As promised, here's part three of our '57 Summer Camp Funfest.
I've decided against including all the activity pages. They eat up too much space. Altho' said pages may have nostalgic oomph for those who read this giant as a kid, they're low on actual do-I-really-need-to-see-this value.
Here are the next four stories in this epic shebang.
These stories have a less hard edge than contemporary pieces in the monthly Little Lulu magazine. This is not a complaint; it's an appreciation.
100 pages of high-octane sitcom might wear out its welcome, even on the staunchest reader. Thus, it makes sense to turn the intensity down a notch or three. Focus is more on characterization than boffo gags.
Stanley makes the assumption that the reader is hep to the relationships, social status, and personalities of his cast of characters. The subtleties of these stories are much better appreciated by those who know the lay of Lulu-Land.
"Package From Home" is part of a group of stories in which objects and individuals from the real world intrude upon the sexually segregated Eden of Camp Shakatot. You'll recognize the terrifying instrument that turns up in Tubby's from-home box.
Someone in my crowded urban neighborhood just got a puppy. The poor canine suffers from seperation anxiety. Night and day, he/she makes noises much like the ones I imagine emanating from Tubby's violin.
This story uses a Stanley device I haven't discussed here before. Throughout his career, and particularly later on, Stanley is fond of having his characters utter either "We're doomed... doomed... DOOMED!" or "you are doomed... doomed... DOOMED!"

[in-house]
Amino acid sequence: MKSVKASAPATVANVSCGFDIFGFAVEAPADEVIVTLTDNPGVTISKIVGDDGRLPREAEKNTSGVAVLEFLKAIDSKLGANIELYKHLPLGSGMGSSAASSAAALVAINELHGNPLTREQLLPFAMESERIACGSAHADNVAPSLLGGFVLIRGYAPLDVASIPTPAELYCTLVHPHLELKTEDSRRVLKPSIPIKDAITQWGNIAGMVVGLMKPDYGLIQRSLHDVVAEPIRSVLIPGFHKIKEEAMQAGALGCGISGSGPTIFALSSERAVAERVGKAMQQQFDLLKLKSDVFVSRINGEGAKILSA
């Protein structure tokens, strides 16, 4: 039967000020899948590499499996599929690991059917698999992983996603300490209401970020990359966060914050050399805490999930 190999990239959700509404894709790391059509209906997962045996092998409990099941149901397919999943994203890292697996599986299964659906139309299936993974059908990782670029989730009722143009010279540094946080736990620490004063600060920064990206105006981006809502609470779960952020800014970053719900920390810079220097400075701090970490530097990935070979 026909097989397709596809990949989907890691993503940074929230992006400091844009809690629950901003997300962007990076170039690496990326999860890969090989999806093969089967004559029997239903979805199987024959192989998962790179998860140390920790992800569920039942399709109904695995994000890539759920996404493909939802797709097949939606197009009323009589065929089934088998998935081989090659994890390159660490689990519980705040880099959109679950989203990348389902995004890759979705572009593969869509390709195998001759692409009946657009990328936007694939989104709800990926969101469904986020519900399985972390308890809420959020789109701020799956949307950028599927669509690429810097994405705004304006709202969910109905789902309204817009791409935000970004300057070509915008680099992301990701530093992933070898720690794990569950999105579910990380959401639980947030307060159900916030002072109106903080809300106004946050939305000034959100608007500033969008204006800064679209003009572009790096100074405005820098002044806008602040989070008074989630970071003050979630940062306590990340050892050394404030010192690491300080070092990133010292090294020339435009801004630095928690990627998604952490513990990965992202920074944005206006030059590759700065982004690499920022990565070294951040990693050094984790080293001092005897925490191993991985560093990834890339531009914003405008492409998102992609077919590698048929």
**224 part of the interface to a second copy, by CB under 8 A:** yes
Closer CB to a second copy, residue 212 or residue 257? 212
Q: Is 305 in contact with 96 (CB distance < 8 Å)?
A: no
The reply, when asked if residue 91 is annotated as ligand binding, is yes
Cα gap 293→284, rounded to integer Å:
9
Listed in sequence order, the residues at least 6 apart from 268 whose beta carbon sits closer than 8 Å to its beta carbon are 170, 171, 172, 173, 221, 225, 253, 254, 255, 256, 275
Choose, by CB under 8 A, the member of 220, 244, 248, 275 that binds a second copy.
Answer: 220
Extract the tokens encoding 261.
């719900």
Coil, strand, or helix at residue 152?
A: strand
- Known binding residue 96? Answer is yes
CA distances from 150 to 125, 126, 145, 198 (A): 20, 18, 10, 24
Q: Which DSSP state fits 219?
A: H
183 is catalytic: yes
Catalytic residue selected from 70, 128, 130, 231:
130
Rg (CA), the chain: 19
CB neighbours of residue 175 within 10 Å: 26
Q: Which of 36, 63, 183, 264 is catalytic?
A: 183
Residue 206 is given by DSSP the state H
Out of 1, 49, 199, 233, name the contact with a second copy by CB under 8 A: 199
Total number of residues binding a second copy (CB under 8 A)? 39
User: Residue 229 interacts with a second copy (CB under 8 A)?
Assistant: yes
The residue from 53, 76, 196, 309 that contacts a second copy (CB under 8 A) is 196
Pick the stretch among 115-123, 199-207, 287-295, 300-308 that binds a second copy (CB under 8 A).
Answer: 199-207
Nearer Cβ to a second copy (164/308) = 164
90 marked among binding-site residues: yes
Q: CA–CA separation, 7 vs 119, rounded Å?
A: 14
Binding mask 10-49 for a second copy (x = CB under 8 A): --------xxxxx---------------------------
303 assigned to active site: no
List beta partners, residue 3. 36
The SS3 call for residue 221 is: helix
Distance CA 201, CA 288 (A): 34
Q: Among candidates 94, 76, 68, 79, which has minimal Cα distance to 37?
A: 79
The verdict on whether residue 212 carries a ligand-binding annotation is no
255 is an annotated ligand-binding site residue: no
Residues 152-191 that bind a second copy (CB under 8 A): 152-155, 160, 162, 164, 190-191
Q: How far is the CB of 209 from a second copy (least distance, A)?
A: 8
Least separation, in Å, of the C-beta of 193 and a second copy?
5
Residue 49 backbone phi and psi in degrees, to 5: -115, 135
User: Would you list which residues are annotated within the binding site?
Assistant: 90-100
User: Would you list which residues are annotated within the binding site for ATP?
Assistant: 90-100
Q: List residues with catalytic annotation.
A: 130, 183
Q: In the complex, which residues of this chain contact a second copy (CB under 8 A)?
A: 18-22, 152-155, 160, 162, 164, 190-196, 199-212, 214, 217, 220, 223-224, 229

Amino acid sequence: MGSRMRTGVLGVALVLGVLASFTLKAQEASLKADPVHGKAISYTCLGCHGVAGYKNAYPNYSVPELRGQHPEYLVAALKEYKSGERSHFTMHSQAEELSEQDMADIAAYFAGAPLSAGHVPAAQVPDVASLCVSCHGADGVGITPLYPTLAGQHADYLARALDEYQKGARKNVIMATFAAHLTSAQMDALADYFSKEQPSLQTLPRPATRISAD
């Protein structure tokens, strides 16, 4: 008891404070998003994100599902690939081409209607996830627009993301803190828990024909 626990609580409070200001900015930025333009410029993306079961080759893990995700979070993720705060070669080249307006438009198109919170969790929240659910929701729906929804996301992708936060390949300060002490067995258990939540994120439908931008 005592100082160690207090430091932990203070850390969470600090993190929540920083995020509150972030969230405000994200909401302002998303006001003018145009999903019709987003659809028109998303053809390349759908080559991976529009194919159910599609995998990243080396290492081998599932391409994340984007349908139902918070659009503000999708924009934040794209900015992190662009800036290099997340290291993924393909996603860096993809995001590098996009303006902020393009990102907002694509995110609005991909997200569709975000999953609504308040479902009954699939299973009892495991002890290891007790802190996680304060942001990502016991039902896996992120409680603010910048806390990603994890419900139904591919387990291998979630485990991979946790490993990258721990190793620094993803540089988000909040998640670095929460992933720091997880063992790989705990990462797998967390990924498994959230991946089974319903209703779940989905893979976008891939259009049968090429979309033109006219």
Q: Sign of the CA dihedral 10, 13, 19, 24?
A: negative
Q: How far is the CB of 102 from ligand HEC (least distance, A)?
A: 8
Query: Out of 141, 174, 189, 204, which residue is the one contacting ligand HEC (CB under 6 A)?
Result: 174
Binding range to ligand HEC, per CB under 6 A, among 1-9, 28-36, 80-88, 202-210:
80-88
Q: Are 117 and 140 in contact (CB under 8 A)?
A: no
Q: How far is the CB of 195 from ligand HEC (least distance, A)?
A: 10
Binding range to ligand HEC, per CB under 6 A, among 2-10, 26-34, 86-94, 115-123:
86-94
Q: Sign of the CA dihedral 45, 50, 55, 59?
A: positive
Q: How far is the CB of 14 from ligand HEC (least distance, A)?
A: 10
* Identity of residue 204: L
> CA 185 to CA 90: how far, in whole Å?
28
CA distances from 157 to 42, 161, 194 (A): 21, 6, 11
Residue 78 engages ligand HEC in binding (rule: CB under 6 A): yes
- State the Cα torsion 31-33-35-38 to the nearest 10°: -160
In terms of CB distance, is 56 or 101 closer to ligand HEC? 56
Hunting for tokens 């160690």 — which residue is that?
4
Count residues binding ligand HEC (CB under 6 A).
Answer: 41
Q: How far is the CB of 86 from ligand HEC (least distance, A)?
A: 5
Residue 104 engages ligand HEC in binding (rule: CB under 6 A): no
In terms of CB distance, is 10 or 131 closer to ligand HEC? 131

Usually meant for comical effect--an over-reaction to a difficult but repairable crisis-- doomed...doomed... DOOMED! gains a more sinister edge from the late '50s on.
It deserves to be added to my list of Stanleyisms. Someday soon I'll do a revised post of Stanleyisms here, and include excerpts from various Stanley stories as illustrations.
"How To Handle Girls" plays upon the arrogance of Tubby and his clubhouse pals. More outside intrusion, in the form of sociopathic Wilbur Van Snobbe, befouls the lads' assumptions that they have the upper hand on Lulu, Annie, Gloria, et al.
Status shifts and social frustration are the themes of this story. Laffs galore via table-turning humiliation. The Wilburs of the world are always there to upstage the rest of us.
"Little Itch's Singing Lesson" provides the required fractured fairy-tale. Lulu's purgatorial duty is to tell these improvised stories to bratty Alvin, in a (usually wasted) attempt to calm him down. Alvin would be on some major anti-depressants today.
Stanley indulges in more verbal-visual comedy here. It's a shaggy-dog story.
"Surprise Visit" is the gem of this batch. Lulu's father is brutalized while trying to engage with his daughter in the increasingly dangerous--and socially humiliating--world of Camp Shakatot. While laughing at Mr. Moppet's misfortunes, the adult reader can easily sympathize with the surprisingly realistic mishaps that occur. The business with the oars is particularly spot-on.
"Stormy Night" provides an apt coda for this third helping.
In our next post, we'll wrap up this 100-page fracas. See you then!